USIP's Media, Conflict & Peacebuilding Roundup



United States Institute of Peace


Center of Innovation: Media, Conflict and Peacebuilding

Weekly News Roundup, February 16 - 22, 2012

Media and Journalism

Internet and Social Media

What's New from PeaceMedia

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Media and Journalism

Cultural Diplomacy for the 21st Century: Empowering Local Voices
[The] classic definition of cultural diplomacy needs an update that reflects new "best practices" in today's world of 24/7 communication and social media. While exchanges always will have an important role in diplomacy, empowering local voices, stories, and viewpoints also is proving increasingly effective. The most successful cultural diplomacy strategy integrates people to people or arts/culture/media to people interactions into the basic business of diplomacy. Programs in Afghanistan, Egypt, and Iran all contribute to core goals of U.S. policy in those countries.
See the full article (Huffington Post, Cynthia P. Schneider, 2/22/12)
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Journalists Among Dozens Killed as Bombing Continues in Syrian City of Homs
An American and a French journalist were reported killed in a mortar strike in Homs, Syria, on Wednesday morning, Syrian anti-government activists and a French government spokeswoman said. One of the slain journalists was U.S.-born Marie Colvin, a legendary foreign correspondent from Britain's Sunday Times newspaper who has also reported for CNN, the BBC and other media outlets. The other was Remi Ochlik, an award-winning photographer from France.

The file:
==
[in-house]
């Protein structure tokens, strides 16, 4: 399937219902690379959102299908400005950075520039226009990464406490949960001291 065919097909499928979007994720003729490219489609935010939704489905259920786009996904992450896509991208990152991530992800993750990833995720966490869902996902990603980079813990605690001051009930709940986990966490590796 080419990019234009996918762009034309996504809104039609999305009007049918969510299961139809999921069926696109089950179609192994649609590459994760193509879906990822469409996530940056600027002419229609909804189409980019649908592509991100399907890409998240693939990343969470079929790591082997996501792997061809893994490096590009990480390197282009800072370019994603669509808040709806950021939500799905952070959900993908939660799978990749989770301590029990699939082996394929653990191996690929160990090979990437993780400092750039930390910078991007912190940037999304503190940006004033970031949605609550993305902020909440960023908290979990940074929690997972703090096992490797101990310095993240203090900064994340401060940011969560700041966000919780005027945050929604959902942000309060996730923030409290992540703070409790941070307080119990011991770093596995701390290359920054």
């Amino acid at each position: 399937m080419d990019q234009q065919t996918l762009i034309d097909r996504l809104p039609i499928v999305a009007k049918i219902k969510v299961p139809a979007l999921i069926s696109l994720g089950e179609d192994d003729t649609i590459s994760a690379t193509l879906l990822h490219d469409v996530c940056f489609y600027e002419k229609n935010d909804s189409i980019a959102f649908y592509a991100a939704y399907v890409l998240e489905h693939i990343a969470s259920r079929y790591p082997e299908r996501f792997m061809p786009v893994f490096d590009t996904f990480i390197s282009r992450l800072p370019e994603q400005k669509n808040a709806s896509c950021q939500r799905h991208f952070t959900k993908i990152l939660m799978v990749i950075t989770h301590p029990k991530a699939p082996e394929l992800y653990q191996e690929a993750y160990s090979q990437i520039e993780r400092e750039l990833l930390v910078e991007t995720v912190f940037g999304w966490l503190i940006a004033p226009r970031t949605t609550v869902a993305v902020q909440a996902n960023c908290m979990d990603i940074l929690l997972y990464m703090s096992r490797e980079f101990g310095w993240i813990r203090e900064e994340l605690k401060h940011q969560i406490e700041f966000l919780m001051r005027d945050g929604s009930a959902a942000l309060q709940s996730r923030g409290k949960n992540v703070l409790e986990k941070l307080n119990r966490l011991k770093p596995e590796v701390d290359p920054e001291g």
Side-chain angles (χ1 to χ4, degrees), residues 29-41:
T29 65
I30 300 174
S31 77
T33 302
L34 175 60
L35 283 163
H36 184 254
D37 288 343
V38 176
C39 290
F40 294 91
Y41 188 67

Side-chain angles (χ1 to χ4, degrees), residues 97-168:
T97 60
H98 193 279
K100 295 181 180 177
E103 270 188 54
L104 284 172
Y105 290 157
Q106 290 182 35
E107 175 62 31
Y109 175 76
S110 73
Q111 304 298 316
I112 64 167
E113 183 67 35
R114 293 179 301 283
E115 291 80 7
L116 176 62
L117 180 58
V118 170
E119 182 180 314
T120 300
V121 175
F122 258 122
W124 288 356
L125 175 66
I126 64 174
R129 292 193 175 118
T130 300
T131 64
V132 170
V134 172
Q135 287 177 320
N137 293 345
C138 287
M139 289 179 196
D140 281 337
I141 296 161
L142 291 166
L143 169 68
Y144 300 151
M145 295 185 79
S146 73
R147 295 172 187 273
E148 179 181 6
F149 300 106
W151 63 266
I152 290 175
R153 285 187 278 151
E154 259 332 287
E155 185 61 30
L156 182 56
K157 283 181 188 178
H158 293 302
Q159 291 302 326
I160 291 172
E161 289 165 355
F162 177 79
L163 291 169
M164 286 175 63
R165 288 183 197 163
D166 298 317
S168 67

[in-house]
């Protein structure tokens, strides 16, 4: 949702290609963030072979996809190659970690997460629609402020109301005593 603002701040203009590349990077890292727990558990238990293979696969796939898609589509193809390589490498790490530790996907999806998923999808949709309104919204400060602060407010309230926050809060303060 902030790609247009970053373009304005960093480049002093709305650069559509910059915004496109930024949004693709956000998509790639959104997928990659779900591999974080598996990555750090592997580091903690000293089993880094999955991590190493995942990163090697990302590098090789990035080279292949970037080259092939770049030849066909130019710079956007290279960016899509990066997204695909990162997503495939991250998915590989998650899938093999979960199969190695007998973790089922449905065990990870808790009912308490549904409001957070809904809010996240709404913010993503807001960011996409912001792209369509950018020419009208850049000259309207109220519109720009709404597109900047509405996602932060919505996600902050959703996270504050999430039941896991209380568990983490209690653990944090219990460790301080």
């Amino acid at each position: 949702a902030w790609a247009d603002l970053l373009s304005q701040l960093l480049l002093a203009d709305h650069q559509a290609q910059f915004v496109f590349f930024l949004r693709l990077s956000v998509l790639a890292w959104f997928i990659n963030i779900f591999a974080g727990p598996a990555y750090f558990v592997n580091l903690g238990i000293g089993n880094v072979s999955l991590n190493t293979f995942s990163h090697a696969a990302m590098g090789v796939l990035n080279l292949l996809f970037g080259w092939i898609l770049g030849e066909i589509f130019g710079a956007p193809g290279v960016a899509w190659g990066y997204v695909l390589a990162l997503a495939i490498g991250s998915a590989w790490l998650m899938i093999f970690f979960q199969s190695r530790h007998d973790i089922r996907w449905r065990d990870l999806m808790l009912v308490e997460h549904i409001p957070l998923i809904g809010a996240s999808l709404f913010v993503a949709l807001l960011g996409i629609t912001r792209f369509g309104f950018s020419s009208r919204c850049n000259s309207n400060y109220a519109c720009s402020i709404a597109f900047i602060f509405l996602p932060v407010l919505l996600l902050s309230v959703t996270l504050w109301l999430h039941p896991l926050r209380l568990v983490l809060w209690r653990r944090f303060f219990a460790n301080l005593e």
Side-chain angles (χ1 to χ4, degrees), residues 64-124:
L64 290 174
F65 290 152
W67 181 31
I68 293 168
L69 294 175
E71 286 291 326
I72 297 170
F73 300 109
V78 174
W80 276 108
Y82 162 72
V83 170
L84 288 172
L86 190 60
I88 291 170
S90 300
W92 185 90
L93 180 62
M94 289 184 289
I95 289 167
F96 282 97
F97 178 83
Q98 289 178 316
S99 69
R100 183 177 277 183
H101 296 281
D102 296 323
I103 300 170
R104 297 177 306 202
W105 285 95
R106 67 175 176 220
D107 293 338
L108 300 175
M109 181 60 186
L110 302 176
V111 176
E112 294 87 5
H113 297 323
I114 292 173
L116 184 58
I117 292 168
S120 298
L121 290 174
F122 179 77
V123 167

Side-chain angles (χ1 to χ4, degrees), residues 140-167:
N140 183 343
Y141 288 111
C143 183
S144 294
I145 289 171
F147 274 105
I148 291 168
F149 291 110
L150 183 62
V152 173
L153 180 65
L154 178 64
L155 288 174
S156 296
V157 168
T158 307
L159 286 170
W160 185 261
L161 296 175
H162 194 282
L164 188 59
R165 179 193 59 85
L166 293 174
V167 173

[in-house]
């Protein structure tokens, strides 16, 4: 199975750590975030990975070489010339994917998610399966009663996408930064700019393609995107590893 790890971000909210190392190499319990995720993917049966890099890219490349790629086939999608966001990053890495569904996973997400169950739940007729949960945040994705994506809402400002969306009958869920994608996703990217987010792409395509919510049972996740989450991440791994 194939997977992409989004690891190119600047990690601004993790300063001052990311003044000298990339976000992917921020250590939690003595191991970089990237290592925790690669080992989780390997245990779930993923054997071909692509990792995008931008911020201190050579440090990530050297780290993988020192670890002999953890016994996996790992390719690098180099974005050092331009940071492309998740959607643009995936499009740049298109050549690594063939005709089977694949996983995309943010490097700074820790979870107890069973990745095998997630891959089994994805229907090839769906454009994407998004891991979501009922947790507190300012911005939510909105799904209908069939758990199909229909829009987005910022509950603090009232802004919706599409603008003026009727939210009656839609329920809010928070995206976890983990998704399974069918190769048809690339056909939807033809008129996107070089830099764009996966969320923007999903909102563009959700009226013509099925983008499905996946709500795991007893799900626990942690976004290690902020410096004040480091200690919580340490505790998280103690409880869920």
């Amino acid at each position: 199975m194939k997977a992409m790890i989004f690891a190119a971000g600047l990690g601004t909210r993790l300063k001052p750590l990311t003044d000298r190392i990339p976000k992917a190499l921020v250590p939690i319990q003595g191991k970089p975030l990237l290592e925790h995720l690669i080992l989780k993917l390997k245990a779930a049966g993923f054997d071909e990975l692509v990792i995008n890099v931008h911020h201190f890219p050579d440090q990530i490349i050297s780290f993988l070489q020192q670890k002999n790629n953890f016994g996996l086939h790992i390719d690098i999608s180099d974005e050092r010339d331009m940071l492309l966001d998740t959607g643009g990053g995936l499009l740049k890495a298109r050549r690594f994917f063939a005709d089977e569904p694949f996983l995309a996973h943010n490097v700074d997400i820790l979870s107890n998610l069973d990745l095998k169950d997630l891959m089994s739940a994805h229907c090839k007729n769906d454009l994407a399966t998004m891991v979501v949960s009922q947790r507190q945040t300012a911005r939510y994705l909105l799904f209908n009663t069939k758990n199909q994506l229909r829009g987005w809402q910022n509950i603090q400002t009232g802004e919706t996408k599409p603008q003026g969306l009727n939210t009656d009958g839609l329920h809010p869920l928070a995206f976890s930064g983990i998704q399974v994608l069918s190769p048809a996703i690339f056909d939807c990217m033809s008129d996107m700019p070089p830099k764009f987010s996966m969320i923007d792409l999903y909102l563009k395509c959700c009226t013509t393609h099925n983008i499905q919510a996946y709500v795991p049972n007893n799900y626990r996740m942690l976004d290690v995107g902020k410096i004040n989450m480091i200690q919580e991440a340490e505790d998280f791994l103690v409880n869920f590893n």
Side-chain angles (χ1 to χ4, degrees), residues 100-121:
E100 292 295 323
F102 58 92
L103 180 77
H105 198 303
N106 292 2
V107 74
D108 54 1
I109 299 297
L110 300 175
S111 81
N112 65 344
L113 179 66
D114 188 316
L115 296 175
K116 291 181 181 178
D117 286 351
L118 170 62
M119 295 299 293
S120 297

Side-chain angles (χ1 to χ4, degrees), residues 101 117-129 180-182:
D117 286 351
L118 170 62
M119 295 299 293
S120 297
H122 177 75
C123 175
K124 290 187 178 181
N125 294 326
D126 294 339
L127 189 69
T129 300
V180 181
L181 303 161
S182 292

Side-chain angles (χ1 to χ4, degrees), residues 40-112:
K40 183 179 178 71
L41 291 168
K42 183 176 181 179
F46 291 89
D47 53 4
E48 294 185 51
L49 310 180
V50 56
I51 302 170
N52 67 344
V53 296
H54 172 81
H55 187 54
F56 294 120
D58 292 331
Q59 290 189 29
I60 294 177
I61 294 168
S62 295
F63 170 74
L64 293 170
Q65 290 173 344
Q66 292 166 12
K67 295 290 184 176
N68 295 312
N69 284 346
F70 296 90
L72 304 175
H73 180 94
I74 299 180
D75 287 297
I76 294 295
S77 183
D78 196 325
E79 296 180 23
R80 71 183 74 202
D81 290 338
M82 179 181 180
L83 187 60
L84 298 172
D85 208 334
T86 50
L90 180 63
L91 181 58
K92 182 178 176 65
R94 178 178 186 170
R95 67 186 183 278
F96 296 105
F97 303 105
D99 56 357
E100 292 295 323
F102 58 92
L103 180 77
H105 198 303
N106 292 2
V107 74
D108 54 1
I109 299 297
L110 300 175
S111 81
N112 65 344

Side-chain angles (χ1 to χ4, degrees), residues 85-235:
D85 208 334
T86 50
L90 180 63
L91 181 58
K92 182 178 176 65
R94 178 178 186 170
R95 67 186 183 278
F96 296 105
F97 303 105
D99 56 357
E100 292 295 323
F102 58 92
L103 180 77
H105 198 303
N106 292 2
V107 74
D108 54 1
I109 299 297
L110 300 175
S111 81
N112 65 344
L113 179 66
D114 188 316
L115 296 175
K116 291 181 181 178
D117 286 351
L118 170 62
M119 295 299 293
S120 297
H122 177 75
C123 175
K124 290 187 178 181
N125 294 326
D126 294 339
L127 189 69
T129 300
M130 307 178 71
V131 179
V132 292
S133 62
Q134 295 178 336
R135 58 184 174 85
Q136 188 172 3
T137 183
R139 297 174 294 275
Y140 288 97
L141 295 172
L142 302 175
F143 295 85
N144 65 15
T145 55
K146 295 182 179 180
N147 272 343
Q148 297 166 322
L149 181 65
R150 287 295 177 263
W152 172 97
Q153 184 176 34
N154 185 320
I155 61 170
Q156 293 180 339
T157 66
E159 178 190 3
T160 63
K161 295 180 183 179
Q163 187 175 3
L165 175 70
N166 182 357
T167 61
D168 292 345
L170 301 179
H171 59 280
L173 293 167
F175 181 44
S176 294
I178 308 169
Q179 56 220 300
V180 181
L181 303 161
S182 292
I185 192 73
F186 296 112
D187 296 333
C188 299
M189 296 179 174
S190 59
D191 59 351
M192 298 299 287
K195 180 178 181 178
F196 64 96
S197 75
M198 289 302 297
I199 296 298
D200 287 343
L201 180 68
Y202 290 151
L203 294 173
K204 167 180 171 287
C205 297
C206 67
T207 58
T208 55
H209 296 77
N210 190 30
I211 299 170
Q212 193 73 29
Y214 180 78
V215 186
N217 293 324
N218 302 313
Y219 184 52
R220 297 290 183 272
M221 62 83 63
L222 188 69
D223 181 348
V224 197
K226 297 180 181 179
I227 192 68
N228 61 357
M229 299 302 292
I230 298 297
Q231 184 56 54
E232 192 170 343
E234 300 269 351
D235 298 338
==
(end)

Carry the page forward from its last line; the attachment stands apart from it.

See the full article (Washington Post, Alice Fordham, 2/22/12)
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Drone Journalism Takes Off
Drones play an increasing and controversial role in modern warfare. From Afghanistan and Pakistan to Iran and Yemen, they have become a ubiquitous symbol of Washington's war on terrorism. Now drones are starting to fly into a more peaceful, yet equally controversial role in the media. Rapid technological advances in low-cost aerial platforms herald the age of drone journalism. But it will not be all smooth flying: this new media tool can expect to be buffeted by the issues of safety, ethics and legality.
See the full article (ABC, Mark Corcoran, 2/21/12)
Click to read about USIP's upcoming event "Preventing Incitement and Promoting Peace" on February 28 at 12:30pm.
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Palestinian Journalists Under Pressure
The International Press Institute (IPI) has registered its concern over the treatment of Palestinian journalists by both Israeli forces and Palestinian security services. The press freedom watchdog says that since the beginning of 2012, at least five journalists working in the Palestinian territories have been subjected to arbitrary arrest. "The pattern of interrogating journalists for what they write and then later releasing them appears to be a method of encouraging self-censorship, something that is ultimately most harmful to the people of Palestine."
See the full article (Guardian, Roy Greenslade, 2/21/12)
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New Film Shows African Conflict Through Eyes of Girl
Canadian director Kim Nguyen looks at the traumatic life of a child soldier in an unspecified African conflict through a young girl's eyes in War Witch, a harrowing film that nonetheless carries with it an element of hope. War Witch was filmed in Democratic Republic of Congo and [follows] Komona, a 12-year-old girl whose peaceful life in a village is shattered when rebels arrive, kill most of her neighbors, force her to shoot her own parents and leave with a dozen or so child recruits.
See the full article (Reuters, Mike Collett-White, 2/17/12)